Equality Act an opportunity for moral clarity

·3 min read

Thirty years ago on a warm summer evening at Livingstone College in Salisbury, a student came to my office and told me that he was planning to end his life.

I had counseled many students in my time as campus minister for Livingstone – a historically Black college affiliated with the AME Zion denomination – but this conversation was different. The young man before me was struggling deeply with what he felt was a conflict between his sexual orientation and his faith. The discrimination and condemnation he had experienced meant that he couldn’t see a place for himself in the world anymore. As I listened to his story, it struck me that my response could mean the difference between this bright young student living or dying. What he needed was acceptance.

The moral clarity of that moment taught me about the true meaning of God’s love. In the years since, I have dedicated myself to advocating for the ability of LGBTQ people to live free from discrimination. This work has become central to my life’s calling as a faith leader and a civil rights leader in North Carolina.

Today, I write to urge Sens. Richard Burr and Thom Tillis to publicly support federal nondiscrimination protections to ensure that all LGBTQ Americans can live, work, and access public spaces free from discrimination, no matter what state they call home. The Equality Act has passed the House with bipartisan support, had its first Senate hearing and stands before Congress.

Excluding people from civil protections based on who they are or whom they love hurts us all. All Americans should be free to go about their daily lives – go into a store, check in to a hotel, eat a meal at a restaurant, apply for a job, and rent or own a home – without fear of harassment or discrimination. A recent survey found that more than 1 in 3 LGBTQ Americans faced discrimination of some kind in the past year, including more than 3 in 5 transgender Americans. More than half of LGBTQ people said they experienced harassment or discrimination in a public place such as a store, transportation or a restroom.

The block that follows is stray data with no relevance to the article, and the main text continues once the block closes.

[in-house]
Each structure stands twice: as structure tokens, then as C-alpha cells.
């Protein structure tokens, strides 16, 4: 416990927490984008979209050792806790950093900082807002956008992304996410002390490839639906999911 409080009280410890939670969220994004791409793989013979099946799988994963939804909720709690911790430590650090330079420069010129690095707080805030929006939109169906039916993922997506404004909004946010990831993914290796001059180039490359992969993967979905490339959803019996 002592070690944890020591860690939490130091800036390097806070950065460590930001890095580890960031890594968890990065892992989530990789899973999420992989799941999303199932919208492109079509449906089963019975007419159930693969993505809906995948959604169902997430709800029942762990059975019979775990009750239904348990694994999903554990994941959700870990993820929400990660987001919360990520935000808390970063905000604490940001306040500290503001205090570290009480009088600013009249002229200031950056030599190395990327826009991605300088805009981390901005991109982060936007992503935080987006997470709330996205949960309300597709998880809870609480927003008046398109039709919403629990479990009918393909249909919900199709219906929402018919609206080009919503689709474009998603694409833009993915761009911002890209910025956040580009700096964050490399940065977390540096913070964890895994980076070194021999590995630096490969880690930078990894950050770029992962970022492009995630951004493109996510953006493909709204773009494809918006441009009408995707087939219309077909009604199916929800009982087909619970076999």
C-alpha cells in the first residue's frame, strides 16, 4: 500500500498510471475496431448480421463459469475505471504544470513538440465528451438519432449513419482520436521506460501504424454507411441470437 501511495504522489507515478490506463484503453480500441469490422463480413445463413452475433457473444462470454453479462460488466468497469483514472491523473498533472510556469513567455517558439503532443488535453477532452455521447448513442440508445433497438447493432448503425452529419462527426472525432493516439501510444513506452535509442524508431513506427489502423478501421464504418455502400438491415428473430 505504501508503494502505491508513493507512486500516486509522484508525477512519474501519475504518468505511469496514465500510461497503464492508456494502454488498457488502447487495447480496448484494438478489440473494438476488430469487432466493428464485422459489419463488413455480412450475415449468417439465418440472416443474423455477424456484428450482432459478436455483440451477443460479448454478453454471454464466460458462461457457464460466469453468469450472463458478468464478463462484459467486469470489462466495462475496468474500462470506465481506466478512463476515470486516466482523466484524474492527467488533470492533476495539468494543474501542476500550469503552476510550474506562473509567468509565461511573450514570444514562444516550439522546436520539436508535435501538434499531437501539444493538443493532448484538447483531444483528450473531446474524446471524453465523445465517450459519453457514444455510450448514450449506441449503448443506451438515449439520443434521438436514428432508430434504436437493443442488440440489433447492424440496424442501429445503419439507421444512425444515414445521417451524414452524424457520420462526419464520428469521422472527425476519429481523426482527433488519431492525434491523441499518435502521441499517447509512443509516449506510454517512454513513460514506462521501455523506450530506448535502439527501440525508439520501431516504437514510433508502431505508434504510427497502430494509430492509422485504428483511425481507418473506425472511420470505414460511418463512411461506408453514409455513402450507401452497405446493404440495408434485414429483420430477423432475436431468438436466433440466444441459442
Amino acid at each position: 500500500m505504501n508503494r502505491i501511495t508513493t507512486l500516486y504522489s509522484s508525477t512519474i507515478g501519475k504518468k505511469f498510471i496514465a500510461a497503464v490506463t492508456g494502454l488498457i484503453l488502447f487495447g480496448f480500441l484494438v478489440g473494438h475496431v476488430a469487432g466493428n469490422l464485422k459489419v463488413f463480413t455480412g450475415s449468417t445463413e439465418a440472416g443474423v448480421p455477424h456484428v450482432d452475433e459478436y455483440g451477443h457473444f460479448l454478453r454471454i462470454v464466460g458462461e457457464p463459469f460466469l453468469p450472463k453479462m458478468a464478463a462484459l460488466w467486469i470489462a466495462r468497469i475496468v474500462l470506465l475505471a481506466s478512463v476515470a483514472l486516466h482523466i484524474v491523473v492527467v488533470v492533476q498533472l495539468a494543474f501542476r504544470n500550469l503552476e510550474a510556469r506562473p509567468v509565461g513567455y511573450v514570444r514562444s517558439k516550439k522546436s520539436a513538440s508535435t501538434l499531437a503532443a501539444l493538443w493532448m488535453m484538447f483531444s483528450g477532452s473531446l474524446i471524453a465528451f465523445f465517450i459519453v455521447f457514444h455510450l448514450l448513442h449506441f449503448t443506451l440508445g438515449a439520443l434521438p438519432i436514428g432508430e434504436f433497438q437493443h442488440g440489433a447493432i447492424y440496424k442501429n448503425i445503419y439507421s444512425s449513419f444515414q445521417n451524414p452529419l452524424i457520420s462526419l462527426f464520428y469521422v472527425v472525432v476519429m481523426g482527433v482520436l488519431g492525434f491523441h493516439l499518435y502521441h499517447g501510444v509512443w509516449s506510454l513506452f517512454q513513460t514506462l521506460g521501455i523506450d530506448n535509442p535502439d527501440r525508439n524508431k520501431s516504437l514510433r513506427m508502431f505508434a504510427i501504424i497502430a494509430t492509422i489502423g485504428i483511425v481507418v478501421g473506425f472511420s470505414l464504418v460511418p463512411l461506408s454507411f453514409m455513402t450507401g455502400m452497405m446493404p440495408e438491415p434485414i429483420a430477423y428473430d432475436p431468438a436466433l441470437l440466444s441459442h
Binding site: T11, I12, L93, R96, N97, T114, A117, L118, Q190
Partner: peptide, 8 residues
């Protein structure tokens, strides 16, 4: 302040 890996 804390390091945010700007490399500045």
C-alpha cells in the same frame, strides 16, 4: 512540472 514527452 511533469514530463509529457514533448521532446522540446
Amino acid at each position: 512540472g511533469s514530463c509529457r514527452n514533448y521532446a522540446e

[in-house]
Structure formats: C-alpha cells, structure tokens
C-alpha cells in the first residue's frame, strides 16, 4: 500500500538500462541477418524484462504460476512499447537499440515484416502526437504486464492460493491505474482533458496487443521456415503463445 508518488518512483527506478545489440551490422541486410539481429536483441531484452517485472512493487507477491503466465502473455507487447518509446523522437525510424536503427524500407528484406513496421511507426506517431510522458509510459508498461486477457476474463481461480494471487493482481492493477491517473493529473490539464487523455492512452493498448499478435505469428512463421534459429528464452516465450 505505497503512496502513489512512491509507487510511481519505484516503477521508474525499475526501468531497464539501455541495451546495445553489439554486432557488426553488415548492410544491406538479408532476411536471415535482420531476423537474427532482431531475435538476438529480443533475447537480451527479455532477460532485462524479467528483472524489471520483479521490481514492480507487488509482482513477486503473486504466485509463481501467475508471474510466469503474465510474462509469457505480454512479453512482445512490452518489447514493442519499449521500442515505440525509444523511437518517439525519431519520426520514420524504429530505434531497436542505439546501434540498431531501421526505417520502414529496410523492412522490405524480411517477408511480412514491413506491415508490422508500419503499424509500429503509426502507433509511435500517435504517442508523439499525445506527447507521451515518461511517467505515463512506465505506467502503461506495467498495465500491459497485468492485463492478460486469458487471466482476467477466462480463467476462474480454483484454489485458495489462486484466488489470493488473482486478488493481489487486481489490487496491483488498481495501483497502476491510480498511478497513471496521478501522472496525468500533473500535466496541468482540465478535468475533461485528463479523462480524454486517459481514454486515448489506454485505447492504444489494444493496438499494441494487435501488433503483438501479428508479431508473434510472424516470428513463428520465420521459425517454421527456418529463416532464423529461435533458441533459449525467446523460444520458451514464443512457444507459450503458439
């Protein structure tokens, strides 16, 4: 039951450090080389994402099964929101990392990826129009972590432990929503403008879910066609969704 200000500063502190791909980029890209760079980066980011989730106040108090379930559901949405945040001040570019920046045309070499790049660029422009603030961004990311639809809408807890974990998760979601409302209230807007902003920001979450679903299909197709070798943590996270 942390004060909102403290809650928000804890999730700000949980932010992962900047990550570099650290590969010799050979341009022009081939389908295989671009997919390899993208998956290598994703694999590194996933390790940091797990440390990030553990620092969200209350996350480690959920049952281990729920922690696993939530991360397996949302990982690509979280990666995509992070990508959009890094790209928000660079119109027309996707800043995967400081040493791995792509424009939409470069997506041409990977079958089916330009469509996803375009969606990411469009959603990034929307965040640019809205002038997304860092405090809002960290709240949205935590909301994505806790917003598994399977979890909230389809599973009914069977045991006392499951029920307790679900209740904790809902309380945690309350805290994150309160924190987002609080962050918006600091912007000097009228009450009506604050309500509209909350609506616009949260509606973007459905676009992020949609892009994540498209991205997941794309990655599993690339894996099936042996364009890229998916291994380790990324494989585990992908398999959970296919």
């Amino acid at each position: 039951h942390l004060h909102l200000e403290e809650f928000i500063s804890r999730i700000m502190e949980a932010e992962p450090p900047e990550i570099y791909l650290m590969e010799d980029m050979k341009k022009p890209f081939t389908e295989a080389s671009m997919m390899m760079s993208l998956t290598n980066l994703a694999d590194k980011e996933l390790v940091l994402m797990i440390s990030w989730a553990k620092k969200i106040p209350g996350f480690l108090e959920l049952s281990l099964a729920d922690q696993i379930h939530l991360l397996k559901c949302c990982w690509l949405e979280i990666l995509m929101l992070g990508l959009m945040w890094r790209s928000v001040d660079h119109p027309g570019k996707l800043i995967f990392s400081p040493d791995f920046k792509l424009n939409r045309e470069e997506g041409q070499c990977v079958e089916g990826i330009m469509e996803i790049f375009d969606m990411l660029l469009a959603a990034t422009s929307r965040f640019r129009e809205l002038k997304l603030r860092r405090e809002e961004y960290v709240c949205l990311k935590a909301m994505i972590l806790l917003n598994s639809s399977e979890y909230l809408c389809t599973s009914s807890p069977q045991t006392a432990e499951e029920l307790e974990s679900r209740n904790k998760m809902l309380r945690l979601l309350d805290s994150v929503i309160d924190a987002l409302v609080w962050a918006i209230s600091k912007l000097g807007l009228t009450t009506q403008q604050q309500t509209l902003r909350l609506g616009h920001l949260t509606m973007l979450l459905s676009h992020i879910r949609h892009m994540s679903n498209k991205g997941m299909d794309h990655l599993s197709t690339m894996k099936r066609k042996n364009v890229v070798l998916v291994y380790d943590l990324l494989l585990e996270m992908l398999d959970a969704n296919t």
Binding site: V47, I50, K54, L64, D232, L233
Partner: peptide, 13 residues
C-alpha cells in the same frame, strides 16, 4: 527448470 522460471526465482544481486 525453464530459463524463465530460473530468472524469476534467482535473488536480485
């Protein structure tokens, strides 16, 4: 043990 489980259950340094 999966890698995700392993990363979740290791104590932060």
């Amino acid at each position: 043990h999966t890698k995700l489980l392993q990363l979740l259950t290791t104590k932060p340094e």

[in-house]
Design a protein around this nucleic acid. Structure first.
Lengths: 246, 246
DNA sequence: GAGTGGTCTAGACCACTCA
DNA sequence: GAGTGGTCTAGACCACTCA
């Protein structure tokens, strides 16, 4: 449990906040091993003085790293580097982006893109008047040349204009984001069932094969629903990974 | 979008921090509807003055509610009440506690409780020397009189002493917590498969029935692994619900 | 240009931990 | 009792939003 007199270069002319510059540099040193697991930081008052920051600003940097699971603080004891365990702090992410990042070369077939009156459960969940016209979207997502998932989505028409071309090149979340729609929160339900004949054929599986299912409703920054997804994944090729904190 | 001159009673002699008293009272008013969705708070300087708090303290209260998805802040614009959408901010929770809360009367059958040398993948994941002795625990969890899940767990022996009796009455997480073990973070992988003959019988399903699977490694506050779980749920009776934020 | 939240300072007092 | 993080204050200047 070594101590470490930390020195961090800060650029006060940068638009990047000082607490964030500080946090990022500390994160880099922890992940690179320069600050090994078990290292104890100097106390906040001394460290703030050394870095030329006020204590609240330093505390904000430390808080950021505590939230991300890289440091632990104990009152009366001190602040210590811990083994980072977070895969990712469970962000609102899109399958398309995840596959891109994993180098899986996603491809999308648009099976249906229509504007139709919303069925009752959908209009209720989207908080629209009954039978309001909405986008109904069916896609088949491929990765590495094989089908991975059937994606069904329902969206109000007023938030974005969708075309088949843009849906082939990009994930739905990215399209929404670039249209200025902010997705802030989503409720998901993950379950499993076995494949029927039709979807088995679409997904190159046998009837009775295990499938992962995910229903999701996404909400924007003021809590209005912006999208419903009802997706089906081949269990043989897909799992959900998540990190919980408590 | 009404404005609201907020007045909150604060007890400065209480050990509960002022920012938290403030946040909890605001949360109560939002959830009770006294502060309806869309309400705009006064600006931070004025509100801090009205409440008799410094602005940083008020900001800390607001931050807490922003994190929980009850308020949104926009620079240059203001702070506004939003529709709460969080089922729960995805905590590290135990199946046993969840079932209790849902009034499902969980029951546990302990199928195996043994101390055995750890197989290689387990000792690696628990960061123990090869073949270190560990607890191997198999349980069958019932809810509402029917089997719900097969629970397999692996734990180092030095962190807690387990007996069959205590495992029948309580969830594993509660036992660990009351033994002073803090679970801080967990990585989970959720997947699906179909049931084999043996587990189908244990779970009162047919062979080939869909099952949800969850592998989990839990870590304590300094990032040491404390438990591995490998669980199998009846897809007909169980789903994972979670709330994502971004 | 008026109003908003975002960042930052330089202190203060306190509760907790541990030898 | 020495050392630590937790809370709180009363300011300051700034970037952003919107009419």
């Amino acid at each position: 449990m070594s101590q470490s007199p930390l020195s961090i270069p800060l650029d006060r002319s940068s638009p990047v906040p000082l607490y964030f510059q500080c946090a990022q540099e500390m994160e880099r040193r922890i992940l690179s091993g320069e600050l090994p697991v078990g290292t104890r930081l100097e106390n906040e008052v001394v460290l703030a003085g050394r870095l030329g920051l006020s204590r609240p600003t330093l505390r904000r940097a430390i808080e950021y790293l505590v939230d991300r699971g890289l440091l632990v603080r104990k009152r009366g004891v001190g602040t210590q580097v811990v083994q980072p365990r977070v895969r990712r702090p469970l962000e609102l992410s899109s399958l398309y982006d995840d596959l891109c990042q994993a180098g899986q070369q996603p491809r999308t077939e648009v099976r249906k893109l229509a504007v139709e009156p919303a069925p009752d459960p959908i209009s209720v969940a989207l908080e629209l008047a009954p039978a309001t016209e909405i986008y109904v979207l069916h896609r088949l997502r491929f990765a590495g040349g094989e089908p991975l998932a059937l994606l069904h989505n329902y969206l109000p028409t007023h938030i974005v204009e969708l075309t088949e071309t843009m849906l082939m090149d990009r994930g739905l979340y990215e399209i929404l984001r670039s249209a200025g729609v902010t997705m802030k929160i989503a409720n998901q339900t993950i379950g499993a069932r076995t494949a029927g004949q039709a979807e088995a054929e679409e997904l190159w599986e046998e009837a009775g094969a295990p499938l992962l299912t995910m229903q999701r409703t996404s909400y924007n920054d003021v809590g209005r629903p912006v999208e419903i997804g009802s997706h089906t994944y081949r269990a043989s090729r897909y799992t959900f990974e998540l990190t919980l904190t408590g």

Supporting fundamental protections for all Americans is important to people of faith like me because LGBTQ Americans are our friends, our neighbors, our family members and our coworkers. For many Americans, values like treating others fairly, equally and with respect are rooted in faith and religious teachings – and many of us support comprehensive nondiscrimination protections because of our faith, not in spite of it.

In fact, substantial majorities in every major religious group support nondiscrimination laws that protect LGBTQ people, ranging from 62% among white evangelical Protestants to 82% among religiously unaffiliated Americans.

As a supporter of comprehensive nondiscrimination protections for all Americans, I am moved by the foundational principle behind Christian ethics – God’s love and God as love. When our faith is centered on that foundation, it cannot then co-exist as justification for division, marginalization, bullying or harm.

In that spirit, I ask that Sens. Burr and Tillis listen to their constituents, show moral leadership, and publicly support the Equality Act, . This is a priority. All Americans, including LGBTQ people, should be able to go about their daily lives without fear of harassment or discrimination.

Rev. Dr. T. Anthony Spearman is an ordained minister with the African Methodist Episcopal Zion Church denomination (A.M.E. Zion) and president of the North Carolina NAACP